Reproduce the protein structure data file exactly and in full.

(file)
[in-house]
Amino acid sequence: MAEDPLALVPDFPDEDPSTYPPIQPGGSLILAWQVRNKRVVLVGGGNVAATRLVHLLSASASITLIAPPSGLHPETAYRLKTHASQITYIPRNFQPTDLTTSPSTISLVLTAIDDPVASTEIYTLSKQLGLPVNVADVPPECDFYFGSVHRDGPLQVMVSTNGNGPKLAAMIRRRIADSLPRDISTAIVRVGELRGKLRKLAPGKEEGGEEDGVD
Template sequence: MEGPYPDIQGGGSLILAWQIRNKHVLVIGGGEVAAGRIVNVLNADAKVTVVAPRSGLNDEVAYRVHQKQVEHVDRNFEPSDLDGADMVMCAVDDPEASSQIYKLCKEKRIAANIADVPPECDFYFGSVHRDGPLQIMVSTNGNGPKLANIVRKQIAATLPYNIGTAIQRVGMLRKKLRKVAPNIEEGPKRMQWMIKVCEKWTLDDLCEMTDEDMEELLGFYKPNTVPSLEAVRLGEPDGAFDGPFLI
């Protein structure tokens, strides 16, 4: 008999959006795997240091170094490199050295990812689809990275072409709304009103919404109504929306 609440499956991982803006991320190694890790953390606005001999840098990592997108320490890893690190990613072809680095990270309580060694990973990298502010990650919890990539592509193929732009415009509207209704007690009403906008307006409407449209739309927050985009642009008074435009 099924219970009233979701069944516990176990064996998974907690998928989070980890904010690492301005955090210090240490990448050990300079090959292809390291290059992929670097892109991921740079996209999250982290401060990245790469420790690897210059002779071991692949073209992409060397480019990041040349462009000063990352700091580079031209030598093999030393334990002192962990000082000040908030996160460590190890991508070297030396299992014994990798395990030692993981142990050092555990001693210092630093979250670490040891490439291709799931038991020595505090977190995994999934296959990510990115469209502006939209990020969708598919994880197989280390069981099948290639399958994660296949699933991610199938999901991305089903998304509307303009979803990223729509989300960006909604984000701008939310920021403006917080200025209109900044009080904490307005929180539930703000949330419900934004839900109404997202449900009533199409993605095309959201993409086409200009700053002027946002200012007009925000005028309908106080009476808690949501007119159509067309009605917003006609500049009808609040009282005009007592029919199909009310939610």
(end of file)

[in-house]
Amino acid sequence: MAEDPLALVPDFPDEDPSTYPPIQPGGSLILAWQVRNKRVVLVGGGNVAATRLVHLLSASASITLIAPPSGLHPETAYRLKTHASQITYIPRNFQPTDLTTSPSTISLVLTAIDDPVASTEIYTLSKQLGLPVNVADVPPECDFYFGSVHRDGPLQVMVSTNGNGPKLAAMIRRRIADSLPRDISTAIVRVGELRGKLRKLAPGKEEGGEEDGVD
Template sequence: MEGPYPDIQGGGSLILAWQIRNKHVLVIGGGEVAAGRIVNVLNADAKVTVVAPRSGLNDEVAYRVHQKQVEHVDRNFEPSDLDGADMVMCAVDDPEASSQIYKLCKEKRIAANIADVPPECDFYFGSVHRDGPLQIMVSTNGNGPKLANIVRKQIAATLPYNIGTAIQRVGMLRKKLRKVAPNIEEGPKRMQWMIKVCEKWTLDDLCEMTDEDMEELLGFYKPNTVPSLEAVRLGEPDGAFDGPFLI
């Protein structure tokens, strides 16, 4: 008999959006795997240091170094490199050295990812689809990275072409709304009103919404109504929306 609440499956991982803006991320190694890790953390606005001999840098990592997108320490890893690190990613072809680095990270309580060694990973990298502010990650919890990539592509193929732009415009509207209704007690009403906008307006409407449209739309927050985009642009008074435009 099924219970009233979701069944516990176990064996998974907690998928989070980890904010690492301005955090210090240490990448050990300079090959292809390291290059992929670097892109991921740079996209999250982290401060990245790469420790690897210059002779071991692949073209992409060397480019990041040349462009000063990352700091580079031209030598093999030393334990002192962990000082000040908030996160460590190890991508070297030396299992014994990798395990030692993981142990050092555990001693210092630093979250670490040891490439291709799931038991020595505090977190995994999934296959990510990115469209502006939209990020969708598919994880197989280390069981099948290639399958994660296949699933991610199938999901991305089903998304509307303009979803990223729509989300960006909604984000701008939310920021403006917080200025209109900044009080904490307005929180539930703000949330419900934004839900109404997202449900009533199409993605095309959201993409086409200009700053002027946002200012007009925000005028309908106080009476808690949501007119159509067309009605917003006609500049009808609040009282005009007592029919199909009310939610």